A blog about anything and everything that inspires me.
Sunday, 23 August 2015
Out Of The Lens: A Story of Discovery and Love in its Purest Form
something that is often very personal for me. When I have see a show
with characters I can relate to, with situations I can relate to,
they become instant favourites. My favourite musical of all time is,
Rent, very closely followed by Joseph and the Amazing
Technicolour Dreamcoat, and LesMiserables. Rent
is a story of struggle, disease, and, above all else, love and
acceptance. Joseph was the first musical I'd ever seen in a
large theatre and I remember being enchanted by what was going on in
front of me. It is also a story about struggle and overcoming
impossible odds. LesMiserables is just a show that
tugs at the heartstrings and as I've matured and had a few life
experiences, I find myself relating to it more and more, especially
the character of Eponine. Unrequited love is my speciality.
But, I digress; I'm
not here to talk about those three aforementioned shows. I'm here to
talk about a show a friend of mine has just debuted in Toronto. Out
Of The Lens made its mark first at the Edinburgh Fringe Festival
in 2014 and received rave reviews. It made its mark in my life the
year prior. Out Of The Lens is the brain child of a good
friend of mine, David Kingsmill. If you've been keeping up with my
blog, you may remember an entry about a booked entitled, The
Puppet Master: An MSCE Investigation. (If you
haven't bought yourself a copy of it, do so now. It's a great piece
of literature. I'll provide the links at the end of this post.) Out
Of The Lens comes from the same mind
as The Puppet Master, but covers a much different subject
The Lens follows three weeks in the life of Joseph
(portrayed by: Victor Pokinko), a photographer in desperate need of
inspiration. That inspiration comes to him in the form of Ryan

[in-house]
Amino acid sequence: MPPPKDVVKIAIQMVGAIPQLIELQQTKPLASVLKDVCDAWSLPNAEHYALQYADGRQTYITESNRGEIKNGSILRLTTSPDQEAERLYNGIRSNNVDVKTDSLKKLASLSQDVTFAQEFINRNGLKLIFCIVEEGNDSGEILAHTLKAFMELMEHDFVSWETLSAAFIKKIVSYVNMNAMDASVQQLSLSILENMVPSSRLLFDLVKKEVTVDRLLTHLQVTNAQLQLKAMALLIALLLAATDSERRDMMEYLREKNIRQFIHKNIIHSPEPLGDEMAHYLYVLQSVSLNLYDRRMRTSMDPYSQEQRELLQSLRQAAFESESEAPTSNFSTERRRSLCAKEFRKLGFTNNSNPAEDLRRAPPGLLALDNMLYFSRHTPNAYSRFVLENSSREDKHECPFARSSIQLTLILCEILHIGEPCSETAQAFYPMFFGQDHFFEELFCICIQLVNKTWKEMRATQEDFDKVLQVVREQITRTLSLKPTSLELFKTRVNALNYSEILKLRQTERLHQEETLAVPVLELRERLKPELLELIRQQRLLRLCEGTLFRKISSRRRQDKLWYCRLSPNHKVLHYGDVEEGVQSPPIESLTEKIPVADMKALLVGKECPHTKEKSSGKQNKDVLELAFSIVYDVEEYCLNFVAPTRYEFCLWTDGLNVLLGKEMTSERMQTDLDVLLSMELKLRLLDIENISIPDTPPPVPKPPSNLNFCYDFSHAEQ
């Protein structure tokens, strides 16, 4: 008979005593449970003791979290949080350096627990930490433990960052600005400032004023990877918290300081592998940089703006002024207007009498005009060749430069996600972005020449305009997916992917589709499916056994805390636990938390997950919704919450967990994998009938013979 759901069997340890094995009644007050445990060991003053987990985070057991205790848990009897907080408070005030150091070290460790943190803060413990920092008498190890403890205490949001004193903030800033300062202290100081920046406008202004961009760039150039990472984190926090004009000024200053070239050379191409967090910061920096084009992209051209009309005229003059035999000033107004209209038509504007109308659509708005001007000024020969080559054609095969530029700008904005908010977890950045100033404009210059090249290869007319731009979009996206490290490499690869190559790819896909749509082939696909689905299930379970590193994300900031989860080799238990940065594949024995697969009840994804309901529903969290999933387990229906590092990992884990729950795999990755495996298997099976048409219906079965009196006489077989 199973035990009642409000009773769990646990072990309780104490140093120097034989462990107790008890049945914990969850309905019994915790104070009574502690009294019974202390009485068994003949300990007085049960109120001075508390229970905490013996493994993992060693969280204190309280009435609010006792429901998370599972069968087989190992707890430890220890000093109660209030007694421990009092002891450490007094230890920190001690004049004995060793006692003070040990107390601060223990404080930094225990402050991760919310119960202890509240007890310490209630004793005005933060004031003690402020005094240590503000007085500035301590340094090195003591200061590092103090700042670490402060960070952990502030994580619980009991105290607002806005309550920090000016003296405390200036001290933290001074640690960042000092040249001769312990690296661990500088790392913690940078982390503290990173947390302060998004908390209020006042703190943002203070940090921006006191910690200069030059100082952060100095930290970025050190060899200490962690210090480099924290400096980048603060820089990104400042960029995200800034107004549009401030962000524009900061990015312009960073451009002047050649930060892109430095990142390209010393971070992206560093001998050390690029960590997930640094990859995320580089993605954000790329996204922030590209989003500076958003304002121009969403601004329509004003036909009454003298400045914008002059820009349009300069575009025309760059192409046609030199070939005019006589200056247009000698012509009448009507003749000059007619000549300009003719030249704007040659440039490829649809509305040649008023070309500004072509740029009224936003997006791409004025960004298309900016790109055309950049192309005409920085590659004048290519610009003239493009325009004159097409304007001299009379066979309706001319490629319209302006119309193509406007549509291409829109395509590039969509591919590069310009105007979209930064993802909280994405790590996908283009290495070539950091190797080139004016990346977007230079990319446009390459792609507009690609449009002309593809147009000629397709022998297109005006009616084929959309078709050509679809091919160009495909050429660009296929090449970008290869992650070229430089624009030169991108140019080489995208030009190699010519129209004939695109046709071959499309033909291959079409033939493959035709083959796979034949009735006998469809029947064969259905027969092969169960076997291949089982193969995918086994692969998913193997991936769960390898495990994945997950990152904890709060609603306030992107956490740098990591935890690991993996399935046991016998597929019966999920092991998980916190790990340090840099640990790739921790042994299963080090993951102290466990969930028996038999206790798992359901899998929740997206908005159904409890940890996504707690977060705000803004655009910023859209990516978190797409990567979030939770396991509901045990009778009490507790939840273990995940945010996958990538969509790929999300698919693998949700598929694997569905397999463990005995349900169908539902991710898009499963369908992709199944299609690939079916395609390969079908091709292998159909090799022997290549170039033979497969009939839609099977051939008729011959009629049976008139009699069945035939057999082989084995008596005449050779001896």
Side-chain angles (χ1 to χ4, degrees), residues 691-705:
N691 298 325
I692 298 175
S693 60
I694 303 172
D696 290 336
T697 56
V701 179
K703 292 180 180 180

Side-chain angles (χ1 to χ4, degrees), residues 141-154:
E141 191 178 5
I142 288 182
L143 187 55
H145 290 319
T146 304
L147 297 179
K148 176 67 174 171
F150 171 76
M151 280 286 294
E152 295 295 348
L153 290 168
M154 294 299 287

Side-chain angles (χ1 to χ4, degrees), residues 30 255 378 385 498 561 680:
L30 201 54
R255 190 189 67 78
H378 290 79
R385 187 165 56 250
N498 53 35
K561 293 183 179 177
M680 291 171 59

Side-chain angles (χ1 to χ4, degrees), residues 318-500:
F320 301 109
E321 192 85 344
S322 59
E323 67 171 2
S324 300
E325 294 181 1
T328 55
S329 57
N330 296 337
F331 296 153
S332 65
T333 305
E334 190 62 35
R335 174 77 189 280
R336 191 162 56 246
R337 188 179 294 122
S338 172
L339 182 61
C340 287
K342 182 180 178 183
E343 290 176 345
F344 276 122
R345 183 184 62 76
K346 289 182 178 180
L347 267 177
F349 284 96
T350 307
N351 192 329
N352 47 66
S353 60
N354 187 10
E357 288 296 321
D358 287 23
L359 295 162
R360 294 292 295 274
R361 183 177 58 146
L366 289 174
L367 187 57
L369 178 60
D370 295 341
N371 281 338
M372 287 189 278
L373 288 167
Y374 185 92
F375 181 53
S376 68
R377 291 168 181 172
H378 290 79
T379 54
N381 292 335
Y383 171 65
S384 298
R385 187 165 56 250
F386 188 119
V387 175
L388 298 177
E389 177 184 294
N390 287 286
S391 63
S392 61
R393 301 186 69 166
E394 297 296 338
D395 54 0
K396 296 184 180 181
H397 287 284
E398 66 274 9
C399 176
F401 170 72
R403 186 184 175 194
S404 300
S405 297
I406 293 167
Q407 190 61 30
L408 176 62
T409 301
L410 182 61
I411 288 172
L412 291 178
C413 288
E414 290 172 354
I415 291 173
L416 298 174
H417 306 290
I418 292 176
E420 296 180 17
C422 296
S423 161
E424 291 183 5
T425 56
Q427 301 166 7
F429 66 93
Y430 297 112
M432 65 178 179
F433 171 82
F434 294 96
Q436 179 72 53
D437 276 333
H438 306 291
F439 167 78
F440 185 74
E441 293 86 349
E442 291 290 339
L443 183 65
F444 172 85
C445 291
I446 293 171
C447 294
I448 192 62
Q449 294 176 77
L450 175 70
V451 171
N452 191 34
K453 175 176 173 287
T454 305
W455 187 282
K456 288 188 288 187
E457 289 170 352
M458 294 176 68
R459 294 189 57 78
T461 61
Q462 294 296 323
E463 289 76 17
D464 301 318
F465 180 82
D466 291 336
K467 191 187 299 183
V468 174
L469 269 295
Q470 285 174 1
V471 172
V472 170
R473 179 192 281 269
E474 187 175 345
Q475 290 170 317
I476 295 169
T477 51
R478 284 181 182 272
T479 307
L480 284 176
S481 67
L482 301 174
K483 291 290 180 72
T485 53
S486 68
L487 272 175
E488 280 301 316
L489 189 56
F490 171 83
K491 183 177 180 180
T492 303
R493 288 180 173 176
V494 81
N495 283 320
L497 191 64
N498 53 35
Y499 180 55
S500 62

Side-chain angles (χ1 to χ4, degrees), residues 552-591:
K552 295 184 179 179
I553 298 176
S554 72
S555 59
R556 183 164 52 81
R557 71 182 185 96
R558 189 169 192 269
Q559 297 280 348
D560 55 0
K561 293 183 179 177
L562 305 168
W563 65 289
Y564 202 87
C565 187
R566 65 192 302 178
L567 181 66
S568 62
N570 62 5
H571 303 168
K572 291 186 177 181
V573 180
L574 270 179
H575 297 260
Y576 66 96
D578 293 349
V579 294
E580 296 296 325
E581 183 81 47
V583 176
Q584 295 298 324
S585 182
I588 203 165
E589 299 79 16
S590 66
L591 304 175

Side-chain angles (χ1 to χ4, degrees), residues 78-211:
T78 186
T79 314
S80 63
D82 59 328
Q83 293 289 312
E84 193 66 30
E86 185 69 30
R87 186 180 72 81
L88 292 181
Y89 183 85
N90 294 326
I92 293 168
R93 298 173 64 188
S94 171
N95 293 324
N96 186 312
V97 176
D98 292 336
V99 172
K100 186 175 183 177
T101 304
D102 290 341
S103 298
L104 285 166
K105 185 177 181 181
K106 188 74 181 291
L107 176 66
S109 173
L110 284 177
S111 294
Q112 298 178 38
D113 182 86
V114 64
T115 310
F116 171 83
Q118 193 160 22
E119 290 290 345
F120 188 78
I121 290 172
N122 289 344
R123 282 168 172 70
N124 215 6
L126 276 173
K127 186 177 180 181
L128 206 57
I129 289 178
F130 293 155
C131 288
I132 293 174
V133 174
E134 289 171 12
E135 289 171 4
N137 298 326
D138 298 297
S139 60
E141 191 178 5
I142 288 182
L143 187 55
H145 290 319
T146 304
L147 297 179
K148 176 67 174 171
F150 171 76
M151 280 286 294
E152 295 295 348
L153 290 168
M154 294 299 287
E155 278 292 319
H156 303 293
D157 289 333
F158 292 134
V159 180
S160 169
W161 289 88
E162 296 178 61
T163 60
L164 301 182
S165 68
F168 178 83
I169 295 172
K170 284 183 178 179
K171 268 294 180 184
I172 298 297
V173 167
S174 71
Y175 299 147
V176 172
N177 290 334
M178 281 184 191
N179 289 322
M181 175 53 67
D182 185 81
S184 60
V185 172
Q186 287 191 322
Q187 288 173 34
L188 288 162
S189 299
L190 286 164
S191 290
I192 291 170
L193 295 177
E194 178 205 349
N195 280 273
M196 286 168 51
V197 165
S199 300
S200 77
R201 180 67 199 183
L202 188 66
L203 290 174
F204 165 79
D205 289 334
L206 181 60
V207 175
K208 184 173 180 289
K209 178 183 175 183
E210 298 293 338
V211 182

(portrayed by Kholby Wardell), an exuberant, gay man, who opens his
eyes in a way he never thought was possible. Ryan becomes Joseph's
muse, model, confidante, and the person Joseph didn't realize he
needed in his life. It is a story of discovery, art, pushing
boundaries, following one's dreams, and love in its purest form –
The show I saw was
the concert form of the Edinburgh production. It is not perfect.
There is room for improvement (the creator had a talk back session
with the audience to get feedback on what we thought of the show and
ways it could improve – a very brave thing for an artist to do),
but I believe it is definitely headed in the right direction.
Something I think it could use is, perhaps, an extra 15-30 minutes to
expand on some points that are brought up in the show. There are many
things that could be explored that the 60 minute window doesn't allow
time for. However, the bones are there and they are strong. It has
the potential to go far, and I think, with some tweaking, it will.
The show was extra
special for me because, like with The Puppet Master, I
remember having conversations with David and listening to him
formulate what was nothing but a mere idea and some lyrics. It's like
meeting someone for the first time when they're an infant and the
next time you see them, they're a young adult. It's amazing to see
what that person has become, and it was amazing to see what Out Of
The Lens has become.
in all, Out
is a beautiful story created by someone I consider a beautiful person
inside and out, and brought to life by a pair of talented actors and
Musical Director, Kieran MacMillan.
I'm excited to see it evolve further and I hope it does. It belongs on a
larger stage and is worthy of its acclamation.
As I stated
earlier, here are the links for some (shameless) promotion for David